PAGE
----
A Nokia phone with a 41 megapixel camera may sound insane, but honestly, that’s my kind of crazy. Nokia announced the 808 PureView today at the Mobile World Congress, and all of a sudden the previously unknown phone running a dated Symbian OS became the talk of the show.
At Nokia’s MWC booth, I chatted with an engineer who spent the past two years on the team developing the 808 PureView and its ridiculously high quality camera. As you can tell from the video below, he couldn’t be prouder of his new baby.
He explains the variety of ways you’ll be able to take pictures with the 808 PureView — either with a full 38 MP resolution image that you can scan and crop with ease, or smaller resolution images that can still take advantage of the phone’s large camera sensor. For this phone in particular, seeing is believing, so pay close attention to how sharp his sample pictures look in the video below (and make sure you’re viewing it in 1080p HD).
I had some brief hands-on time with the phone, though it was shackled with an overblown security mechanism (typical for show floors). Being a Nokia device, the 808 not surprisingly feels like a high quality piece of hardware. What’s most striking, unsurprisingly, is the large camera lens on the phone’s rear. There’s a noticeable bulge around the camera area which makes the 808 resemble a point-and-shoot, but it’s still slim enough to fit into your pocket.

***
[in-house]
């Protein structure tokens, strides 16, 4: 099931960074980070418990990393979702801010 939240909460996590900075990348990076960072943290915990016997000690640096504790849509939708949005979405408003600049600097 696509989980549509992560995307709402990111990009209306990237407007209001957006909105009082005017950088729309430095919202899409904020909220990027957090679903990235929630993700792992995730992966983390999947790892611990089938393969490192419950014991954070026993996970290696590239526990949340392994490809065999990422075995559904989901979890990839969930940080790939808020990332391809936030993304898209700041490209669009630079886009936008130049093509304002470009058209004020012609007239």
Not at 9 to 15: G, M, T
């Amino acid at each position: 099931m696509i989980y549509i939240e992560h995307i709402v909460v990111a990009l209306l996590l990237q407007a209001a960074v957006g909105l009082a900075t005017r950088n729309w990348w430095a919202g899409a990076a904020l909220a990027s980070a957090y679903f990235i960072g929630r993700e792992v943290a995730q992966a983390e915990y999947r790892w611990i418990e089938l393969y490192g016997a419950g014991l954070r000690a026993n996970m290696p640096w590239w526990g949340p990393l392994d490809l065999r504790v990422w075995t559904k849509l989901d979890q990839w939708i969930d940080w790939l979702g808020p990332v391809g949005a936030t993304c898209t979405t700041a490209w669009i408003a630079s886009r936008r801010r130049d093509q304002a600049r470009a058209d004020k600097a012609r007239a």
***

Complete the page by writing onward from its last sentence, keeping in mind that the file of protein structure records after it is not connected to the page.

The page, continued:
But while the PureView camera technology is undoubtedly cool, it’ll be hard to recommend this phone when it launches because of Nokia’s Symbian Belle OS. It’s a big upgrade over the company’s Symbian S40 devices, but it still falls short when compared to competitors like Android, iOS, and Windows Phone. Luckily, Nokia seems to be treating the 808 as an experimental device, similar to the N9.
Hopefully by next year, we’ll see the awesome PureView camera tech in future Lumia Windows Phones.
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